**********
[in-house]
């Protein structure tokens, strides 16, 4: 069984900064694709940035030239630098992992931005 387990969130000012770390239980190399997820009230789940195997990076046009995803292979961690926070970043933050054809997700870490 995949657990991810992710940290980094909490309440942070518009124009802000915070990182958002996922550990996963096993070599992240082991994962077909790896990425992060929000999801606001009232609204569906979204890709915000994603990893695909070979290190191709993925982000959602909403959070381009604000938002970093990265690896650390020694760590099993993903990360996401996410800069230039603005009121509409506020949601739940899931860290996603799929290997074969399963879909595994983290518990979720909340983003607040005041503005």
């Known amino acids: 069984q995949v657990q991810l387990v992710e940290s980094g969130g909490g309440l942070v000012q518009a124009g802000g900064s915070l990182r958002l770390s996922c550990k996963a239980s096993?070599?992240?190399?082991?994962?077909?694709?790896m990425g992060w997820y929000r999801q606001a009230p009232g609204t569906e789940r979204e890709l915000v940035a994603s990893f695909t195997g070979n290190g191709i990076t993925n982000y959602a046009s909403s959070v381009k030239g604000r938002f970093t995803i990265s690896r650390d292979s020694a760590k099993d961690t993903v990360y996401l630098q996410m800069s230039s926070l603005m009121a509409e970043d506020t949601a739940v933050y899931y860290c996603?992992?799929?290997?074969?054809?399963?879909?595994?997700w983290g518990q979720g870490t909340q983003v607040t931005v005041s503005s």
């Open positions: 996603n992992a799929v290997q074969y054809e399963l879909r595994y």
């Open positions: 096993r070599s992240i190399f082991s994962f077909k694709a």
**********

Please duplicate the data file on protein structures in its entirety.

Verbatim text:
[in-house]
């Protein structure tokens, strides 16, 4: 069984900064694709940035030239630098992992931005 387990969130000012770390239980190399997820009230789940195997990076046009995803292979961690926070970043933050054809997700870490 995949657990991810992710940290980094909490309440942070518009124009802000915070990182958002996922550990996963096993070599992240082991994962077909790896990425992060929000999801606001009232609204569906979204890709915000994603990893695909070979290190191709993925982000959602909403959070381009604000938002970093990265690896650390020694760590099993993903990360996401996410800069230039603005009121509409506020949601739940899931860290996603799929290997074969399963879909595994983290518990979720909340983003607040005041503005």
């Known amino acids: 069984q995949v657990q991810l387990v992710e940290s980094g969130g909490g309440l942070v000012q518009a124009g802000g900064s915070l990182r958002l770390s996922c550990k996963a239980s096993?070599?992240?190399?082991?994962?077909?694709?790896m990425g992060w997820y929000r999801q606001a009230p009232g609204t569906e789940r979204e890709l915000v940035a994603s990893f695909t195997g070979n290190g191709i990076t993925n982000y959602a046009s909403s959070v381009k030239g604000r938002f970093t995803i990265s690896r650390d292979s020694a760590k099993d961690t993903v990360y996401l630098q996410m800069s230039s926070l603005m009121a509409e970043d506020t949601a739940v933050y899931y860290c996603?992992?799929?290997?074969?054809?399963?879909?595994?997700w983290g518990q979720g870490t909340q983003v607040t931005v005041s503005s």
């Open positions: 996603n992992a799929v290997q074969y054809e399963l879909r595994y």
């Open positions: 096993r070599s992240i190399f082991s994962f077909k694709a």